Another day, another shot thrown in the seemingly endless saga between Ronda Rousey and Floyd Mayweather.
One day after Rousey blasted the pound-for-pound champ yet again by stating that she made more money per second than him and to ‘text her when he learned to read and write,’ Mayweather not surprisingly issued a statement to TMZ directed back at Rousey suggesting she wasn’t in his league:
“Big bank take little bank. Let’s play and see how much money you got. Last time I checked I was #1 on Forbes. She will never be at my status. Keep trying to get publicity.”
“Money” had previously bushed off Rousey’s barb that asked him how he felt ‘being beat by a woman for once’ when she won the 2015 ESPY for “Fighter of the Year,” telling Rousey to call him when she made $300 million.
The undefeated boxing great seems to think that “Rowdy” is using his name to get more publicity, but in truth Rousey is earning enough of that herself.
She recently headlined the UFC biggest drawing pay-per-view (PPV) card of the year at August 1’s UFC 190, where all the success came largely on her own shoulders thanks to her 34-second knockout of hated rival Bethe Correia.
But although the transcendent woman’s star is well known for being an advocate of female rights, she was recently spotted out with UFC heavyweight Travis Browne, who is currently suspended by the UFC pending a domestic violence investigation based on allegations his wife Jenna Renee Webb posted online.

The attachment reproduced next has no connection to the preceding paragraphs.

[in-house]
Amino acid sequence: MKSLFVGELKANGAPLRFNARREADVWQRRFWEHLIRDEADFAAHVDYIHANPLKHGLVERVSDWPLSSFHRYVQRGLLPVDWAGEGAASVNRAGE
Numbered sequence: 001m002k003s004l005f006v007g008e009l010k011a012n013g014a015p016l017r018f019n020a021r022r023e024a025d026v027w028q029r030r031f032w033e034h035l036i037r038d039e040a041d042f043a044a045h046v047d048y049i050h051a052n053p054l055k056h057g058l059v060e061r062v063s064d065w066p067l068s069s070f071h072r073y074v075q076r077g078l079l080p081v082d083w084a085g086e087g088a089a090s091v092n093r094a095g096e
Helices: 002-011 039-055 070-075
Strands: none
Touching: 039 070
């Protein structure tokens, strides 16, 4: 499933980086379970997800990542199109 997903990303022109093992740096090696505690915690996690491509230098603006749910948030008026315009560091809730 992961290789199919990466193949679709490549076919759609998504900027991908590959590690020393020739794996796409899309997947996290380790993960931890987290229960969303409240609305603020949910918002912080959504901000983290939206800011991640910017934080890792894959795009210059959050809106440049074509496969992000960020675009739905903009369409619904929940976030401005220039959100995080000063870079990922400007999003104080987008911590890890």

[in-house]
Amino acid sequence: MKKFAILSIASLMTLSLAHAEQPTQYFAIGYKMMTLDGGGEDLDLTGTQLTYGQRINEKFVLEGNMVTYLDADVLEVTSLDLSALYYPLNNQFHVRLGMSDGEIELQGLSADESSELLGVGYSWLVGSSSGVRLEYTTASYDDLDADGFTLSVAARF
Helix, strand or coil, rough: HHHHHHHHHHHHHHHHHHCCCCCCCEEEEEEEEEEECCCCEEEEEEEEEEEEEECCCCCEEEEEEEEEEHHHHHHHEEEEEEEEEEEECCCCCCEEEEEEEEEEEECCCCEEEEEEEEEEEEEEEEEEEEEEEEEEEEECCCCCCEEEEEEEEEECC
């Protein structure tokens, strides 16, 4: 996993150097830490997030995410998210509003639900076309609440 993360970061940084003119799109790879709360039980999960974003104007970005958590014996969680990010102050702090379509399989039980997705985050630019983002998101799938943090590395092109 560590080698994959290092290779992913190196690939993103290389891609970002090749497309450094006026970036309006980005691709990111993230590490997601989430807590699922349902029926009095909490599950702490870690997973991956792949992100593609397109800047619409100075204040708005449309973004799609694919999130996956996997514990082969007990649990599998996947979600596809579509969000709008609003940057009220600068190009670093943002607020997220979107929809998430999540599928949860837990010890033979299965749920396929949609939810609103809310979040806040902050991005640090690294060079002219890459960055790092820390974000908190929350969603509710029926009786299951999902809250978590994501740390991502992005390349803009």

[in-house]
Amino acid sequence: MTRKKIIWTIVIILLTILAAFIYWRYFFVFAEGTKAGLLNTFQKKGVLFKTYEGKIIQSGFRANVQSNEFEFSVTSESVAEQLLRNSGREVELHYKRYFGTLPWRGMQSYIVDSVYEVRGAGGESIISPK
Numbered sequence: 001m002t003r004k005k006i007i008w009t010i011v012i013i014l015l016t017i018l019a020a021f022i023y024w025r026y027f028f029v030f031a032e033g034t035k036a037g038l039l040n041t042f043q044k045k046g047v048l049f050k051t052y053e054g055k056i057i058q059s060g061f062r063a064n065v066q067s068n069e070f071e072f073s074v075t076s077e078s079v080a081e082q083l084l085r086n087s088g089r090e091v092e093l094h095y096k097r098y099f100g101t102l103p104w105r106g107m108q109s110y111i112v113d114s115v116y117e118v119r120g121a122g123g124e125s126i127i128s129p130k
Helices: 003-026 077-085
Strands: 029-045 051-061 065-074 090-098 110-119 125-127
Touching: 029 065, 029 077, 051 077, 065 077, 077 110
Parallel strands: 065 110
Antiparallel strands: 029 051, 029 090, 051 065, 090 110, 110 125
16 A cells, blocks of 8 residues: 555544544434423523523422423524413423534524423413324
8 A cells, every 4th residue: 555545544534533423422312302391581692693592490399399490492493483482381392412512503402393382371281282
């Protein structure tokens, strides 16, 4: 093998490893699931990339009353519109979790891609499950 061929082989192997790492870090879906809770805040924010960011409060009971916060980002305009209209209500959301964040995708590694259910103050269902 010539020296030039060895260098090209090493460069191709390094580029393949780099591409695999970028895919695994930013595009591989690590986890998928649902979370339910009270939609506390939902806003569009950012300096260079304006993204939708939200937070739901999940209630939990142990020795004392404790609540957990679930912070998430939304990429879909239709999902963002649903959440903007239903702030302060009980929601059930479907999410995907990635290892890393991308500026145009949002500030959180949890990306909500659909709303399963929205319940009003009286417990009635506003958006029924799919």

Webb confirmed that Browne and Rousey were indeed dating, citing disgust at why “Rowdy” would date a married man who is under investigation for beating a woman. Rousey has also been seen at many public functions with former heavyweight boxing champion Mike Tyson, who is a known woman beater and a convicted rapist.
Those issues, along with Rousey’s back-and-forth with Mayweather, have many fans online wondering just why she associates with so many known female abusers as a world-famous supposed advocate for women’s rights.
She’s made quite the reputation of being just that, and it could be argued that much of her crossover appeal can be attributed to her attitude of female empowerment.
With that said, are there some unfortunate double standards at play here, or is just a series of coincidences?